Chatham village adopts budget with 4.6% tax hike

CHATHAM–After two previous versions were modified following heavy criticism from the public, the village board passed a $1,263,840 budget for 2010-11 at an emergency meeting Monday afternoon, May 17.

The budget contains a 4.7% increase in the tax rate to $5.97 per $1,000 of assessed value, or a hike of about 27 cents. Spending from the general fund will increase by 2%.

The Village Board originally proposed a budget with a 12% increase at a special budget hearing Tuesday May 11. That meeting drew a large crowd by village standards, with residents and business people expressing concern and dismay at the size of the increase, all of which led to a postponement of a vote on the budget and a promise by Mayor Paul Boehme that the board would look at ways to shave more from the proposed spending plan.

On Thursday May 13 the board met again for the regular monthly meeting and planned to adopt a revised budget proposal with an 8.6% increase in the tax levy. But an even larger crowd attended that meeting, and once again people voiced frustration with the lack of cuts in the budget and the proposed tax increases to accommodate high retirement and benefit costs for village employees mandated by the state.

“I cannot afford to absorb a small increase,” said one audience member at the May 13 meeting, referring to the way the board had described the proposed 8.6% growth in the tax rate. Another Chatham resident at the meeting said that she received a very small pay increase in her salary and worried her family would not be able to afford living in the village. “I don’t think we are going to make it,” she said.

One budget line that drew a lot of people’s attention was the village police force. One resident at Thursday’s meeting described the size of the village police force  as “inordinate” compared to the size of the village. The village has four full-time officers but hires many part-time officers. The budget for the department is over $350,000, more than a third of all expenditures from the general fund.

The board also claimed Tuesday that the village paid the cost for extra village police coverage during the Columbia County Fair. But at the Thursday night meeting village resident Jim Simmons said he spoke to representatives of the Agricultural Society, which runs the fair, and was told that the village is reimbursed by the society for the village police hours during the fair. At the special budget meeting on Monday board members acknowledged they were wrong about what they said on Tuesday, saying the village did receive about $3,800 from the fair to pay for part-time police.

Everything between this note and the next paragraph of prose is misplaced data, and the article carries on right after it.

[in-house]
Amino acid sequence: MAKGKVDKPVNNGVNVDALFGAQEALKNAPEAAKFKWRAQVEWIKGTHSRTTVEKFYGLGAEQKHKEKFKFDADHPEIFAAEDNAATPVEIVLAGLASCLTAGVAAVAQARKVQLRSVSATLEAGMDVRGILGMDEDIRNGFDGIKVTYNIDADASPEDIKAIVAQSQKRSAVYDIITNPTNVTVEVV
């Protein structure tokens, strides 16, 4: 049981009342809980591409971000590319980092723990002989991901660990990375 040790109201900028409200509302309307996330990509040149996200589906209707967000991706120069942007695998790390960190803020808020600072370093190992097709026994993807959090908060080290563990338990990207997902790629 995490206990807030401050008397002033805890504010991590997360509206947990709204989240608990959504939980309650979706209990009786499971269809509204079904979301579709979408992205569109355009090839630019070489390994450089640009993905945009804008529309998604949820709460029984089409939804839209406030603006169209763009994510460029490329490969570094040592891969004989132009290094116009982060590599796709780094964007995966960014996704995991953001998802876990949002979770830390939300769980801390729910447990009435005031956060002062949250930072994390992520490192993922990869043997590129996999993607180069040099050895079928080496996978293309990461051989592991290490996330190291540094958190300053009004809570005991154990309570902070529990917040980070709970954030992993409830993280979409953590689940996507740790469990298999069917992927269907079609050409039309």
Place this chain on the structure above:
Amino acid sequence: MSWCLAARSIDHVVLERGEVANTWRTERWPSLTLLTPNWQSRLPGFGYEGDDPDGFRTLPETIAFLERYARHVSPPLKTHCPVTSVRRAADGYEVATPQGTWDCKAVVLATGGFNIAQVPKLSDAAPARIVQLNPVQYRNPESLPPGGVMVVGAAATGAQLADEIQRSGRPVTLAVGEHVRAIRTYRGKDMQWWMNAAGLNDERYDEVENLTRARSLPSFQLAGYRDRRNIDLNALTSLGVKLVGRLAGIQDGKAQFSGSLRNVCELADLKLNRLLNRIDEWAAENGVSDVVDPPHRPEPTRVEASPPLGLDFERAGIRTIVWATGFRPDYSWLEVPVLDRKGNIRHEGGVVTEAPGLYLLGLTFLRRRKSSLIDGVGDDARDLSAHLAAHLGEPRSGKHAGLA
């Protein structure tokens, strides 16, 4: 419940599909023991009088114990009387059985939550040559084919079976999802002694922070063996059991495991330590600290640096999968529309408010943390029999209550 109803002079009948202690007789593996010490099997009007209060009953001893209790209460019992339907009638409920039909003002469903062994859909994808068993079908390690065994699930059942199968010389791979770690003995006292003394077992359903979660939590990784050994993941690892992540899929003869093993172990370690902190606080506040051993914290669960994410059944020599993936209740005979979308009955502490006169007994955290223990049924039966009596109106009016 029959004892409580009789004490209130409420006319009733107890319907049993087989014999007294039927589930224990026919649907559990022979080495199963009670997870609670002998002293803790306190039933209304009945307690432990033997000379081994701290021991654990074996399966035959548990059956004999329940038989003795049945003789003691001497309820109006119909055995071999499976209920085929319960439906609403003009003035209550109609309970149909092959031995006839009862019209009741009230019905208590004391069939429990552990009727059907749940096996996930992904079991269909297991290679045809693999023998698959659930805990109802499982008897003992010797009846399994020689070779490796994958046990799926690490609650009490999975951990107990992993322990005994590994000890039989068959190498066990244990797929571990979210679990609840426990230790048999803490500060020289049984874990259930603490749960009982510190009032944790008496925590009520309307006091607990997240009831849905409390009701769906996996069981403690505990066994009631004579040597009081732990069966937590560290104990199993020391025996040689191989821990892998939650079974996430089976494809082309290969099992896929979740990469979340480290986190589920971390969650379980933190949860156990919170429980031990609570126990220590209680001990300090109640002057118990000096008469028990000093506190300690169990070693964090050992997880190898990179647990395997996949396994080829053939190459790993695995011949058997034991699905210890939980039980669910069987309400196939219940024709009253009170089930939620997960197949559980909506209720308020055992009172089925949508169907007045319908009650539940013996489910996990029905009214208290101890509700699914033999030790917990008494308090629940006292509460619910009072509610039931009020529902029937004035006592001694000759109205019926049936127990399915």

“We made a mistake,” said Mr. Boehme, who added that the reimbursement had only started “in the last few years.”

The $3,800 for extra police is included in the 2010-11 budget.

After the May 13 meeting the mayor said they would go back a look for further cuts. “We’re going to get it down if we can,” he said on Thursday.

The village fiscal year begins June 1, and the village budget is supposed to be in place by May 1. On Monday, May 10, Village Clerk Carol Simmons said she had called the New York State Conference of Mayors and was told “you have to have a budget.” Trustee Lael Locke said she talked to an attorney at the state Department of State, who said if the village did not have a budget in place the state would force the board to usedthe initial budget proposal with the 12% increase.

Asked what the board cut to bring the budget increase down, the mayor said Monday that board members “cut down general expenses.” They also moved money from the water budget to the general fund. No major staffing cuts were made in the departments. Ms. Simmons said later in the week that the general fund appropriations had remained the same after the first round of changes but that the board had moved the $27,000 rental fee received from AT&T for antennas on a village tower from the water budget to the general fund. That revenue allowed the board to reduce the tax rate from 8.6% to 4.6%.

On Monday the board voted quickly to adopt the budget and then opened up the floor for discussion to the standing-room-only crowd. The mayor said that though the budget was passed the board will continue to look for ways to cut spending.

The village is getting help from village resident Michael Richardson, a labor relations consultant who works for towns and villages around the state. He offered the village his services for $1.

Several people in the crowd renewed their call for cuts to the police budget, but board members resisted, saying cuts that could affect public safety could not be made hastily. But the trustees said that the Police Department would be included in future efforts to find savings.

“We have a whole year to look at the police department,” said trustee George Grant, “If there are savings to be realized, they will be passed on to the taxpayers.”

To contact reporter Emilia Teasdale email .

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